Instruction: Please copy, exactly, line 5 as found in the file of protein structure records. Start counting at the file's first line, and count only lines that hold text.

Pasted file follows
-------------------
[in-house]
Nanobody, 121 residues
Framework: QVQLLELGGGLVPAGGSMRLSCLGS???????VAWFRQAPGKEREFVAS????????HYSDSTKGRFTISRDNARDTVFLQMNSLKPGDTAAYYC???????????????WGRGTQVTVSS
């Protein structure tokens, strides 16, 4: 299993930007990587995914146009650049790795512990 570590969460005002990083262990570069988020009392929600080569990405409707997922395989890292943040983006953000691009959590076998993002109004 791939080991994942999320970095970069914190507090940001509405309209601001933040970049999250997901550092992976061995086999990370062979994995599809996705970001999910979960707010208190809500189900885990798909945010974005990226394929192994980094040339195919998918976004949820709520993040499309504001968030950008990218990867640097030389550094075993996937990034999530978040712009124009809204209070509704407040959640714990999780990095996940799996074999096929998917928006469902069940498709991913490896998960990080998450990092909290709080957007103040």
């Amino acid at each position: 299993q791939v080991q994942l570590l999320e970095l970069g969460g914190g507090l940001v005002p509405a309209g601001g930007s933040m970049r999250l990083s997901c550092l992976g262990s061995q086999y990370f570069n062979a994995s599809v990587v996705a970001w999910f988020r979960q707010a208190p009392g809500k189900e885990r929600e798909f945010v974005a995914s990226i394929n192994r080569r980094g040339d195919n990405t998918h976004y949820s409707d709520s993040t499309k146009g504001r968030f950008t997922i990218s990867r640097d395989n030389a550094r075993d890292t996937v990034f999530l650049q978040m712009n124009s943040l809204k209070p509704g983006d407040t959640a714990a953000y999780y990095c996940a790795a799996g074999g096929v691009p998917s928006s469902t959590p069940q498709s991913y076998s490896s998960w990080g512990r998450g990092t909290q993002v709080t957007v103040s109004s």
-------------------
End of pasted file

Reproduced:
């Amino acid at each position: 299993q791939v080991q994942l570590l999320e970095l970069g969460g914190g507090l940001v005002p509405a309209g601001g930007s933040m970049r999250l990083s997901c550092l992976g262990s061995q086999y990370f570069n062979a994995s599809v990587v996705a970001w999910f988020r979960q707010a208190p009392g809500k189900e885990r929600e798909f945010v974005a995914s990226i394929n192994r080569r980094g040339d195919n990405t998918h976004y949820s409707d709520s993040t499309k146009g504001r968030f950008t997922i990218s990867r640097d395989n030389a550094r075993d890292t996937v990034f999530l650049q978040m712009n124009s943040l809204k209070p509704g983006d407040t959640a714990a953000y999780y990095c996940a790795a799996g074999g096929v691009p998917s928006s469902t959590p069940q498709s991913y076998s490896s998960w990080g512990r998450g990092t909290q993002v709080t957007v103040s109004s």